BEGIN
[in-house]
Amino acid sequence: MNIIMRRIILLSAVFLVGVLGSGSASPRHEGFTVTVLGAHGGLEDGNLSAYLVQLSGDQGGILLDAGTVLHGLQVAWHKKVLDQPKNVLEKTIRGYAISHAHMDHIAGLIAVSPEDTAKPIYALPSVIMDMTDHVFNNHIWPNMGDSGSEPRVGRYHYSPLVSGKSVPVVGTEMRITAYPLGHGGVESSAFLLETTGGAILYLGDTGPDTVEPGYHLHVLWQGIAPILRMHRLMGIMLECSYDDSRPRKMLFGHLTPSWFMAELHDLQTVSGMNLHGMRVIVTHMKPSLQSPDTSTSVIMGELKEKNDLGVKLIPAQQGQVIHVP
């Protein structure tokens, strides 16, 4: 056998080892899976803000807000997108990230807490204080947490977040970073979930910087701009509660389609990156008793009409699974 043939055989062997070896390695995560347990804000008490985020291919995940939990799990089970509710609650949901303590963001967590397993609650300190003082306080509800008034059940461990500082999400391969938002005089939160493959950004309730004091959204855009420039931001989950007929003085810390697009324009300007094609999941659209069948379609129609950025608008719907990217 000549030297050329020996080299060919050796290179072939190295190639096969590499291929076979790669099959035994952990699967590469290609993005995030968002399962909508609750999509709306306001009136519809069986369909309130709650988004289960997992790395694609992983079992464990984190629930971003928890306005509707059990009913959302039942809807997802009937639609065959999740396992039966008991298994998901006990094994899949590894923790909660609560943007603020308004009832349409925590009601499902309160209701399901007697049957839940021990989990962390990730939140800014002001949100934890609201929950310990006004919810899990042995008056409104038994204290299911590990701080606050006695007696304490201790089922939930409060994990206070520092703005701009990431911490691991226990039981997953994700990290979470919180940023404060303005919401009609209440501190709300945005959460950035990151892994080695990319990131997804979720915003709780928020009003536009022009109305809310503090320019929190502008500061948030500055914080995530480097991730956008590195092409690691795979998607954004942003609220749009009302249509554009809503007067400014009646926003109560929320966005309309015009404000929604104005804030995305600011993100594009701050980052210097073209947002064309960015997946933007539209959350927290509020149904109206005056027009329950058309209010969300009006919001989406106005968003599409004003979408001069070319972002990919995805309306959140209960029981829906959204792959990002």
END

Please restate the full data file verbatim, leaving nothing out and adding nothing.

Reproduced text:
[in-house]
Amino acid sequence: MNIIMRRIILLSAVFLVGVLGSGSASPRHEGFTVTVLGAHGGLEDGNLSAYLVQLSGDQGGILLDAGTVLHGLQVAWHKKVLDQPKNVLEKTIRGYAISHAHMDHIAGLIAVSPEDTAKPIYALPSVIMDMTDHVFNNHIWPNMGDSGSEPRVGRYHYSPLVSGKSVPVVGTEMRITAYPLGHGGVESSAFLLETTGGAILYLGDTGPDTVEPGYHLHVLWQGIAPILRMHRLMGIMLECSYDDSRPRKMLFGHLTPSWFMAELHDLQTVSGMNLHGMRVIVTHMKPSLQSPDTSTSVIMGELKEKNDLGVKLIPAQQGQVIHVP
């Protein structure tokens, strides 16, 4: 056998080892899976803000807000997108990230807490204080947490977040970073979930910087701009509660389609990156008793009409699974 043939055989062997070896390695995560347990804000008490985020291919995940939990799990089970509710609650949901303590963001967590397993609650300190003082306080509800008034059940461990500082999400391969938002005089939160493959950004309730004091959204855009420039931001989950007929003085810390697009324009300007094609999941659209069948379609129609950025608008719907990217 000549030297050329020996080299060919050796290179072939190295190639096969590499291929076979790669099959035994952990699967590469290609993005995030968002399962909508609750999509709306306001009136519809069986369909309130709650988004289960997992790395694609992983079992464990984190629930971003928890306005509707059990009913959302039942809807997802009937639609065959999740396992039966008991298994998901006990094994899949590894923790909660609560943007603020308004009832349409925590009601499902309160209701399901007697049957839940021990989990962390990730939140800014002001949100934890609201929950310990006004919810899990042995008056409104038994204290299911590990701080606050006695007696304490201790089922939930409060994990206070520092703005701009990431911490691991226990039981997953994700990290979470919180940023404060303005919401009609209440501190709300945005959460950035990151892994080695990319990131997804979720915003709780928020009003536009022009109305809310503090320019929190502008500061948030500055914080995530480097991730956008590195092409690691795979998607954004942003609220749009009302249509554009809503007067400014009646926003109560929320966005309309015009404000929604104005804030995305600011993100594009701050980052210097073209947002064309960015997946933007539209959350927290509020149904109206005056027009329950058309209010969300009006919001989406106005968003599409004003979408001069070319972002990919995805309306959140209960029981829906959204792959990002």